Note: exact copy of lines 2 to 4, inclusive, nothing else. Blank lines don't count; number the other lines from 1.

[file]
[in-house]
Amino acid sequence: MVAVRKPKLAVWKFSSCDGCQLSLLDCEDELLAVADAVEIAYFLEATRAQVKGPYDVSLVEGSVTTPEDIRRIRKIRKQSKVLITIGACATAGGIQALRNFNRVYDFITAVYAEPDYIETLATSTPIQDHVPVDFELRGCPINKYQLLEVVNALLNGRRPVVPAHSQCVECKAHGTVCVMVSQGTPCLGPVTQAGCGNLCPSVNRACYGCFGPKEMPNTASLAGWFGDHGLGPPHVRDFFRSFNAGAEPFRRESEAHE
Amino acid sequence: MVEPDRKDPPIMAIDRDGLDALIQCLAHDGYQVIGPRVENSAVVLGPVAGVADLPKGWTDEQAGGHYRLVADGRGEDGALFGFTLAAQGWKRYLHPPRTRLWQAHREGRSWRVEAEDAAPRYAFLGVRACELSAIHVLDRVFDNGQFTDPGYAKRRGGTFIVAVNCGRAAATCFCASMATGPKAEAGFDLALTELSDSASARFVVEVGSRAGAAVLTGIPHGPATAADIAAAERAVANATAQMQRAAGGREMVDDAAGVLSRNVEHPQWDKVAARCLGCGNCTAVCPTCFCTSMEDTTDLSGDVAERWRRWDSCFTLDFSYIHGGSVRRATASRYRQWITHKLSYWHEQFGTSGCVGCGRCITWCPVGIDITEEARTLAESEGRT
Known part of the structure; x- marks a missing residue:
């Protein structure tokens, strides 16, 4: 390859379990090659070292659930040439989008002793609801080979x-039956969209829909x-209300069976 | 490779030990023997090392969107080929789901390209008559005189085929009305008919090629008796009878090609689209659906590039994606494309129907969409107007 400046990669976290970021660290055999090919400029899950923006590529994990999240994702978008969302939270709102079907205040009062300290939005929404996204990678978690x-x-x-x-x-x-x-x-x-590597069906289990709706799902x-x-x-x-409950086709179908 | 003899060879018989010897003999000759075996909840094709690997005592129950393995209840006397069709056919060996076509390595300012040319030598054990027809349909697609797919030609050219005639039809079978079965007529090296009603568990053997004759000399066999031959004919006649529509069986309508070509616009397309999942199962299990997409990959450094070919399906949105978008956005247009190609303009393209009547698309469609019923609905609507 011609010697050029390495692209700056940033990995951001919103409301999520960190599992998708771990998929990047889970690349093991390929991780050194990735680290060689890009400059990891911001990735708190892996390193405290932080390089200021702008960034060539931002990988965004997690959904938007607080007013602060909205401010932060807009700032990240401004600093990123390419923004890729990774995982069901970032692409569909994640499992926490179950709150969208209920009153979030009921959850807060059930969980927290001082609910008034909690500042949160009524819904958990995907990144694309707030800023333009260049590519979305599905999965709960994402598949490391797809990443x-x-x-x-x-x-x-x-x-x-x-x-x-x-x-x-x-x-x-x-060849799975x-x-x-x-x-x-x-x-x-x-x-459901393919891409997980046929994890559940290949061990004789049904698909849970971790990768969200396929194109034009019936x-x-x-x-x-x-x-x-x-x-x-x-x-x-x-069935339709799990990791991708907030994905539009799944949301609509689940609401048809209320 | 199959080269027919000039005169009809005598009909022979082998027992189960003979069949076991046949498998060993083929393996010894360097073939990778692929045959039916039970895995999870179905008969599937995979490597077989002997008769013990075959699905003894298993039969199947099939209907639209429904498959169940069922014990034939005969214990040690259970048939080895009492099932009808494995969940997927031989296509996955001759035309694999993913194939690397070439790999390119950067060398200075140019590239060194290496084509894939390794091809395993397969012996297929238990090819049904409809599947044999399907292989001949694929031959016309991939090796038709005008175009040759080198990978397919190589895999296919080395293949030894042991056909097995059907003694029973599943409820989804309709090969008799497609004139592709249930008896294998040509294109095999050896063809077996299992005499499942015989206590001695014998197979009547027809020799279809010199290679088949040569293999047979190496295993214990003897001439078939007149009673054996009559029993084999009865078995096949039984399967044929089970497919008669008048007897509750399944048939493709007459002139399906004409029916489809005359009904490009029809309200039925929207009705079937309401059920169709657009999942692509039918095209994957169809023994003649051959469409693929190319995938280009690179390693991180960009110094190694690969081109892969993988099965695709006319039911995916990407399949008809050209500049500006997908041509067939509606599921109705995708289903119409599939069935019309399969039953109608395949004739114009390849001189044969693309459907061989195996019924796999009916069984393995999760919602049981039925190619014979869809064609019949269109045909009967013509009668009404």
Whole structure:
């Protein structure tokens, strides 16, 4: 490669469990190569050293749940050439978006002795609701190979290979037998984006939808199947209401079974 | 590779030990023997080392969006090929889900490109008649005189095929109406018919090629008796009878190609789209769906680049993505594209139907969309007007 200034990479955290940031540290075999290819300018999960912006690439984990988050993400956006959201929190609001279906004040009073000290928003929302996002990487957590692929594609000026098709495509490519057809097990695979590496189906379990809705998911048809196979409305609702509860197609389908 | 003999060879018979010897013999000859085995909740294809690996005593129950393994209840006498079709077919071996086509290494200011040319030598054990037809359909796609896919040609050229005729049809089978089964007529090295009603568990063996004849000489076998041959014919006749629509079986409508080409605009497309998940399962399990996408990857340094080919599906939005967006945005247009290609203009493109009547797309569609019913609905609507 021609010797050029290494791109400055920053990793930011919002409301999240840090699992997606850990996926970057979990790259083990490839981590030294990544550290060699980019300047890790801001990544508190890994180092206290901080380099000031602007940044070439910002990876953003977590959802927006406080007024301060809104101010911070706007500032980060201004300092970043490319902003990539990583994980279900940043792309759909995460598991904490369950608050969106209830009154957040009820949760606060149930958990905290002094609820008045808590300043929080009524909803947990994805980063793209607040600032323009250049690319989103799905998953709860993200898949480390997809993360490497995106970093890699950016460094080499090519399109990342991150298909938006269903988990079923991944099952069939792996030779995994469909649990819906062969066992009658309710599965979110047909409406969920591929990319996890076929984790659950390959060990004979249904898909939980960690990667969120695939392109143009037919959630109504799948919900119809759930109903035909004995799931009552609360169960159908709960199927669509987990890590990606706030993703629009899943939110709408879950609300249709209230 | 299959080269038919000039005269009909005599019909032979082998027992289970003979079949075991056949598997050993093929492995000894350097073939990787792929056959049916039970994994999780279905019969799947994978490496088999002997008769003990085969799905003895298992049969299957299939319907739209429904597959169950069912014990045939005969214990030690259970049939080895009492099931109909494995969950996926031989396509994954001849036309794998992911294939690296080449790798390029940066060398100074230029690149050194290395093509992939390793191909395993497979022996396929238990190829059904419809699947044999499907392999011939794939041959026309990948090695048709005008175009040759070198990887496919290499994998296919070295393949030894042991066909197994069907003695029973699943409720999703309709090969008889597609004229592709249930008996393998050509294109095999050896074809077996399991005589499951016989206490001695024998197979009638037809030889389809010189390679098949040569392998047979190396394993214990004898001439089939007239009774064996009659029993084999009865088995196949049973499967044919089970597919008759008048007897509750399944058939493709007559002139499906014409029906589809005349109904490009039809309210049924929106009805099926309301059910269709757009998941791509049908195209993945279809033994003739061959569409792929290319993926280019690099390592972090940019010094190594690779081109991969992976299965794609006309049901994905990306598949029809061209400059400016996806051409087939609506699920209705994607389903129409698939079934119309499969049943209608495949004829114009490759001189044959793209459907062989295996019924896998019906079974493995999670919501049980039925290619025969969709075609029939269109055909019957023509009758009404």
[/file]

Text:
Amino acid sequence: MVAVRKPKLAVWKFSSCDGCQLSLLDCEDELLAVADAVEIAYFLEATRAQVKGPYDVSLVEGSVTTPEDIRRIRKIRKQSKVLITIGACATAGGIQALRNFNRVYDFITAVYAEPDYIETLATSTPIQDHVPVDFELRGCPINKYQLLEVVNALLNGRRPVVPAHSQCVECKAHGTVCVMVSQGTPCLGPVTQAGCGNLCPSVNRACYGCFGPKEMPNTASLAGWFGDHGLGPPHVRDFFRSFNAGAEPFRRESEAHE
Amino acid sequence: MVEPDRKDPPIMAIDRDGLDALIQCLAHDGYQVIGPRVENSAVVLGPVAGVADLPKGWTDEQAGGHYRLVADGRGEDGALFGFTLAAQGWKRYLHPPRTRLWQAHREGRSWRVEAEDAAPRYAFLGVRACELSAIHVLDRVFDNGQFTDPGYAKRRGGTFIVAVNCGRAAATCFCASMATGPKAEAGFDLALTELSDSASARFVVEVGSRAGAAVLTGIPHGPATAADIAAAERAVANATAQMQRAAGGREMVDDAAGVLSRNVEHPQWDKVAARCLGCGNCTAVCPTCFCTSMEDTTDLSGDVAERWRRWDSCFTLDFSYIHGGSVRRATASRYRQWITHKLSYWHEQFGTSGCVGCGRCITWCPVGIDITEEARTLAESEGRT
Known part of the structure; x- marks a missing residue: